Whilst not a luxury barge as such, the Alfa Romeo 164 was Italy’s answer to the BMW 5 Series and Mercedes E Class. The Quadrifoglio Verde was the range topper of the 164 family. In true Alfa Romeo style, the 164 QV separated itself from other executive cars from the time with its pretty styling. Thanks to Alfa’s lusty 3.0-litre, 12-valve V6 engine, a well-sorted chassis, and a snicky five-speed manual gearbox, the 164 also received massive praise for being one of the most engaging mid-range saloons on the market. Inside, the 164 was standard Italian fayre - the centre console was a plethora of buttons, and the whole design didn’t appear to make a lot of sense in terms of ergonomics. However, you’d be pressing buttons in an Alfa with hip-hugging, comfortable leather seats and you would look good. Considering that and that sonorous V6 soundtrack, the messy layout doesn’t seem too much of an issue, does it?>

PRICE:
EUR 6,300
LINK TO CAR AND DEALER:
Youngtimercar.eu

1992 Audi V8

The Audi 200 is a throwback to a time when Audi’s USP was understated performance and luxury
The Audi 200 is a throwback to a time when Audi’s USP was understated performance and luxury
© Catawiki

The Audi V8 is a throwback to a time when Audis weren’t overstyled or overly aggressive. Based on the extremely elegant Audi 200 sedan (or Audi 5000 if you’re from the United States), the V8 was Audi’s flagship from 1986 to 1993 until it was replaced by the A8. As-per the RADwood period, the V8’s interior was all wood and leather, but where it was really special was under the skin. The V8 the first Audi to be powered by a V8, and it was also the first Ingolstadt car to combine its iconic all-wheel-drive quattro system with an optional automatic gearbox. In short, the V8 was a pivotal moment in Audi’s history because it showed that the company could do luxury and performance, as well as no-nonsense rally cars for the road. The V8 showed its credentials on the racing track, too. In 1990 and 1991, it took Audi to back-to-back DTM titles in the hands of Hans-Joachim Stück and Frank Biela respectively. If you’re a James Bond fan, you’ll also have noticed that Timothy Dalton also drove an Audi V8 in The Living Daylights. Coolest B-Side Bond car ever? We reckon so...

PRICE:
Up for auction
LINK TO CAR AND DEALER:
Catawiki

1997 Mercedes S600 (W140)

Developed at a cost of billions of dollars, there has not been a car like the Mercedes S-Class W140 since it went out of production in 1998
Developed at a cost of billions of dollars, there has not been a car like the Mercedes S-Class W140 since it went out of production in 1998
© Private seller

With a gestation period of a decade and billions of dollars ploughed into its development, the W140 iteration of the Mercedes-Benz S-Class was a four-wheeled metaphor for the age of excess. The W140 was not created to be Germany’s answer to Rolls Royce and Bentley. It was conceived to show what was technologically possible with a car and almost megalomaniacal in its conception. When the W140 launched in 1991, the motoring world was shaken by what Mercedes-Benz had achieved. The three-pointed star had literally ripped up the rulebook on how you should make a classic car, and caused an industry-wide reset. The then-new S Class boasted never-seen before innovations such as double-paned soundproofing glass, automatic wipers, side airbags, Electronic Stability Program (ESP), and voice controlled technology; all of which are features that aren’t even standard on cars in 2021. The W140 may visually look a little dated compared to similar cars from the period and its overly-expensive and way too lengthy development period eventually cost jobs throughout Mercedes-Benz. Without it though, plenty of features we take for granted on modern cars would most likely not have seen the light of day.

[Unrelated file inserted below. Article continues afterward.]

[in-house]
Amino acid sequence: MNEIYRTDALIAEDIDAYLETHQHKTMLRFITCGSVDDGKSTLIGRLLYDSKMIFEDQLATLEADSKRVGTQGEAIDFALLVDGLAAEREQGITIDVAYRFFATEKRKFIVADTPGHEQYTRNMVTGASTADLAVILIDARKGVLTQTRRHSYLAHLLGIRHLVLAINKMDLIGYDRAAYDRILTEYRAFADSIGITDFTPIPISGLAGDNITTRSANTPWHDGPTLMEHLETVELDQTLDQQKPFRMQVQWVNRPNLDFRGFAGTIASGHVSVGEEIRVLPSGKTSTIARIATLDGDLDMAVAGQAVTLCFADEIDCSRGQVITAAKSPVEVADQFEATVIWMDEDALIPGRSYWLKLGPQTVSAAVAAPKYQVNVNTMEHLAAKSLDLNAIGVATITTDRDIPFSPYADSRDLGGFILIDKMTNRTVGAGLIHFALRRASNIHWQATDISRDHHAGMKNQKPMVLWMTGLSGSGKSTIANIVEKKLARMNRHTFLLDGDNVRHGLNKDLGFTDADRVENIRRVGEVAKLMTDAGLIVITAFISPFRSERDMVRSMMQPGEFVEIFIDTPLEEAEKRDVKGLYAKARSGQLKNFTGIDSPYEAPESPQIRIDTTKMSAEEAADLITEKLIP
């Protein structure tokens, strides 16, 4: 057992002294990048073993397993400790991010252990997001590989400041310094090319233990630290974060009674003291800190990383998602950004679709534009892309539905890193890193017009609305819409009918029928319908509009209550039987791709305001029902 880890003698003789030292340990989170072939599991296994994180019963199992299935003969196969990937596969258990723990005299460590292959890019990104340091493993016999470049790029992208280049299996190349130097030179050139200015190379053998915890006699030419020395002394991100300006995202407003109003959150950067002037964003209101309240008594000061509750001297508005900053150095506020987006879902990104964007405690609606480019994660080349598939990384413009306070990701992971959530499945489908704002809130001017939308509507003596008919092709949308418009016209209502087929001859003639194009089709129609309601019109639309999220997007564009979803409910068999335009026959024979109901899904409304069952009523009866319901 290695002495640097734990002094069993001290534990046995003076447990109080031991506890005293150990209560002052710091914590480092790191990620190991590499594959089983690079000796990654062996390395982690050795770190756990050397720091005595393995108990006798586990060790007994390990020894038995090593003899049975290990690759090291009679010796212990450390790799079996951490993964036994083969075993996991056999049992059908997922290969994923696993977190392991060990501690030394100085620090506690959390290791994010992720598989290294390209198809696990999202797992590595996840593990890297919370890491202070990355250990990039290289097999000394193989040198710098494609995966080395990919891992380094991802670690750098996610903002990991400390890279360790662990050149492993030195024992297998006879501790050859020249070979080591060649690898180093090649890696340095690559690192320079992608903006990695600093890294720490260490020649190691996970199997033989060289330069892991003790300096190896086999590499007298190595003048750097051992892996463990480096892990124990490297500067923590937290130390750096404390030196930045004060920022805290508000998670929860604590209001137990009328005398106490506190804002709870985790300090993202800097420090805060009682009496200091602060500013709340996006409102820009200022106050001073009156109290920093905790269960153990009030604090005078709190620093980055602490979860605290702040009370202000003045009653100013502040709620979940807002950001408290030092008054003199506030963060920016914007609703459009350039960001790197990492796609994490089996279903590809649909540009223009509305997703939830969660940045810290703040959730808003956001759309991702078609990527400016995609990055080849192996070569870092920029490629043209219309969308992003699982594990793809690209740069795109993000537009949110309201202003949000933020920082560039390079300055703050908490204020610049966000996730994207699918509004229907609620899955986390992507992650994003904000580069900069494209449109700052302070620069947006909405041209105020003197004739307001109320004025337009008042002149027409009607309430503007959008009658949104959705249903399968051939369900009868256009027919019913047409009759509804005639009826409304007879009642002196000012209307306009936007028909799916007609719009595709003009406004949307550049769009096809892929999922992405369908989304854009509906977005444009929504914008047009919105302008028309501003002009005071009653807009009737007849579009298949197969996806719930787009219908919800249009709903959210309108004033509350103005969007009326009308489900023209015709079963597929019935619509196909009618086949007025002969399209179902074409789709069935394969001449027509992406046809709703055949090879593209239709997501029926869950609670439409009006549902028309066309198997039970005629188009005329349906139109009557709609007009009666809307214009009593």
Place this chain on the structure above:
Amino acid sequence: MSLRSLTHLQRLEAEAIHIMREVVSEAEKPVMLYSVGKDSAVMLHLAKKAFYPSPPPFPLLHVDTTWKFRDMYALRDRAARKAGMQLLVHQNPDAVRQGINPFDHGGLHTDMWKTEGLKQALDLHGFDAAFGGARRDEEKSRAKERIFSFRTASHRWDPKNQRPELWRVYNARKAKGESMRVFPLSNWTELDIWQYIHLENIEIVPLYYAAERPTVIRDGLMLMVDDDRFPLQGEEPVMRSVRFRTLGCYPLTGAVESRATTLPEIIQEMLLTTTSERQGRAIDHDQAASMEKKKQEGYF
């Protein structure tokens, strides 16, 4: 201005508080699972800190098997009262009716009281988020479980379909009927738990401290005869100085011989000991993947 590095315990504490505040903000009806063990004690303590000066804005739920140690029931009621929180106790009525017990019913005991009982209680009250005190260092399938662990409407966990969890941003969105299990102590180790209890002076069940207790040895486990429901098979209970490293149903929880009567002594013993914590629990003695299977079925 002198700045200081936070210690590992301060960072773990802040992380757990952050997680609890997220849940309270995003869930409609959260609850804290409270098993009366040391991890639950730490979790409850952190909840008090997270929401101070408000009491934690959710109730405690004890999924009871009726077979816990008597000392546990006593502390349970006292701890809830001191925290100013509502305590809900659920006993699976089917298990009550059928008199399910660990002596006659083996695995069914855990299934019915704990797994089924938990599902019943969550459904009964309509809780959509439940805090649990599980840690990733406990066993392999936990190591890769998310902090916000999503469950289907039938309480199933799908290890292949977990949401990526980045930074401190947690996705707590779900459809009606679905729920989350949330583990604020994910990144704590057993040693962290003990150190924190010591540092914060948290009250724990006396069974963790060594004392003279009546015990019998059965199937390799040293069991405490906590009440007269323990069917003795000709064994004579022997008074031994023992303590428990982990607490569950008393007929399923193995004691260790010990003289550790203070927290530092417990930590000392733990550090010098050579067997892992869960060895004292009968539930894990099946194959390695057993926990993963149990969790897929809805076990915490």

PRICE:
EUR 20,000
LINK TO CAR AND DEALER:
Private seller

2001 BMW 750iL (E38)

Is the E38 7 Series the best looking BMW of all time? (Answer, yes)
Is the E38 7 Series the best looking BMW of all time? (Answer, yes)
© Gateway Classic Cars

It wouldn’t be a proper RADwood classic car list without including the E38 version of the BMW 7 Series, so here it is. Since both the S-Class and the 7 Series have been head-on rivals since the late 1970s, and BMW wasn’t going to let Mercedes off lightly with the launch of the W140. When it came out in 1995, the E38 was the first European car to offer satellite navigation, and the world’s first car to have curtain airbags. It was also the first 7 Series to have a diesel engine, alongside the straight-six, V8, and V12 units also offered. Despite going out of production 20 years ago now, the Boyke Boyer-designed E38 is now considered to be one of the best looking BMWs of all time. It has also made for one of the coolest, most memorable Bond cars ever after its starring role in Tomorrow Never Dies. Available in short wheelbase (i), long wheelbase (L), and limousine models, the E38 is one of the sought after classic BMWs. Compared to later iterations of the 7 Series which has unfortunately become a bit of a heifer over the last few decades, the E38 now looks exceptionally well proportioned.

PRICE:
USD 42,000
LINK TO CAR AND DEALER:
Gateway Classic Cars

These cars were also listed in this week’s edition of the Dyler newsletter, which you can register for by clicking this link. We’d love to hear from you, so please tell us via email, Facebook, or Instagram what cars you’d like to see us feature in next week’s edition of This Week in Cars